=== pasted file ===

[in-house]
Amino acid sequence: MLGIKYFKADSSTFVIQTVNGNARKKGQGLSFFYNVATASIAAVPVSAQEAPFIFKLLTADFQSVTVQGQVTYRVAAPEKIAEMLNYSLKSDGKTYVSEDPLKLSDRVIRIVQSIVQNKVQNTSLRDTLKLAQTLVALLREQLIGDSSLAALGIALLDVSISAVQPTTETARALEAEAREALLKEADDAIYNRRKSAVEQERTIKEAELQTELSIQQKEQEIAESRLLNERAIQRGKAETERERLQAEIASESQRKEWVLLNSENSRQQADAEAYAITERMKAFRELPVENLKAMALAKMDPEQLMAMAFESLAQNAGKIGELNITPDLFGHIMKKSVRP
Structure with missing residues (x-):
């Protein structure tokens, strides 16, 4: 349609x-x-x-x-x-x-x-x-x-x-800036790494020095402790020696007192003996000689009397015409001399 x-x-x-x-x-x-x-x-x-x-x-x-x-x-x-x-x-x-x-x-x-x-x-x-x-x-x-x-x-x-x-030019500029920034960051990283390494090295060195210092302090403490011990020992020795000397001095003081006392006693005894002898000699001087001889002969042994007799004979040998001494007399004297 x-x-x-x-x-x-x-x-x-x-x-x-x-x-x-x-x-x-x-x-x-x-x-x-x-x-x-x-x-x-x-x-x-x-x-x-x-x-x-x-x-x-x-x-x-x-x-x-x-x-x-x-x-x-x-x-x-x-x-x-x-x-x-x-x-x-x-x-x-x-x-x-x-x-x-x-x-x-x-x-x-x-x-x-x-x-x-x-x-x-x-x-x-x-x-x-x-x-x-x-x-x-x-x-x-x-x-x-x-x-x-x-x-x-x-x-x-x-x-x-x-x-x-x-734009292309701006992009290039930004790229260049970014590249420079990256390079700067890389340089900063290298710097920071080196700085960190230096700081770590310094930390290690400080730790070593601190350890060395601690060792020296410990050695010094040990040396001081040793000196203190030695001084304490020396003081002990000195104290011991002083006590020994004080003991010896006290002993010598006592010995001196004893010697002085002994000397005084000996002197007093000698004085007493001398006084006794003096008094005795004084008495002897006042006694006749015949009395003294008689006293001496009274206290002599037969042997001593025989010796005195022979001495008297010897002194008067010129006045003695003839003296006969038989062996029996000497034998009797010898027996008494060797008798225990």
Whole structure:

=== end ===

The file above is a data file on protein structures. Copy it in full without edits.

[in-house]
Amino acid sequence: MLGIKYFKADSSTFVIQTVNGNARKKGQGLSFFYNVATASIAAVPVSAQEAPFIFKLLTADFQSVTVQGQVTYRVAAPEKIAEMLNYSLKSDGKTYVSEDPLKLSDRVIRIVQSIVQNKVQNTSLRDTLKLAQTLVALLREQLIGDSSLAALGIALLDVSISAVQPTTETARALEAEAREALLKEADDAIYNRRKSAVEQERTIKEAELQTELSIQQKEQEIAESRLLNERAIQRGKAETERERLQAEIASESQRKEWVLLNSENSRQQADAEAYAITERMKAFRELPVENLKAMALAKMDPEQLMAMAFESLAQNAGKIGELNITPDLFGHIMKKSVRP
Structure with missing residues (x-):
């Protein structure tokens, strides 16, 4: 349609x-x-x-x-x-x-x-x-x-x-800036790494020095402790020696007192003996000689009397015409001399 x-x-x-x-x-x-x-x-x-x-x-x-x-x-x-x-x-x-x-x-x-x-x-x-x-x-x-x-x-x-x-030019500029920034960051990283390494090295060195210092302090403490011990020992020795000397001095003081006392006693005894002898000699001087001889002969042994007799004979040998001494007399004297 x-x-x-x-x-x-x-x-x-x-x-x-x-x-x-x-x-x-x-x-x-x-x-x-x-x-x-x-x-x-x-x-x-x-x-x-x-x-x-x-x-x-x-x-x-x-x-x-x-x-x-x-x-x-x-x-x-x-x-x-x-x-x-x-x-x-x-x-x-x-x-x-x-x-x-x-x-x-x-x-x-x-x-x-x-x-x-x-x-x-x-x-x-x-x-x-x-x-x-x-x-x-x-x-x-x-x-x-x-x-x-x-x-x-x-x-x-x-x-x-x-x-x-x-734009292309701006992009290039930004790229260049970014590249420079990256390079700067890389340089900063290298710097920071080196700085960190230096700081770590310094930390290690400080730790070593601190350890060395601690060792020296410990050695010094040990040396001081040793000196203190030695001084304490020396003081002990000195104290011991002083006590020994004080003991010896006290002993010598006592010995001196004893010697002085002994000397005084000996002197007093000698004085007493001398006084006794003096008094005795004084008495002897006042006694006749015949009395003294008689006293001496009274206290002599037969042997001593025989010796005195022979001495008297010897002194008067010129006045003695003839003296006969038989062996029996000497034998009797010898027996008494060797008798225990």
Whole structure: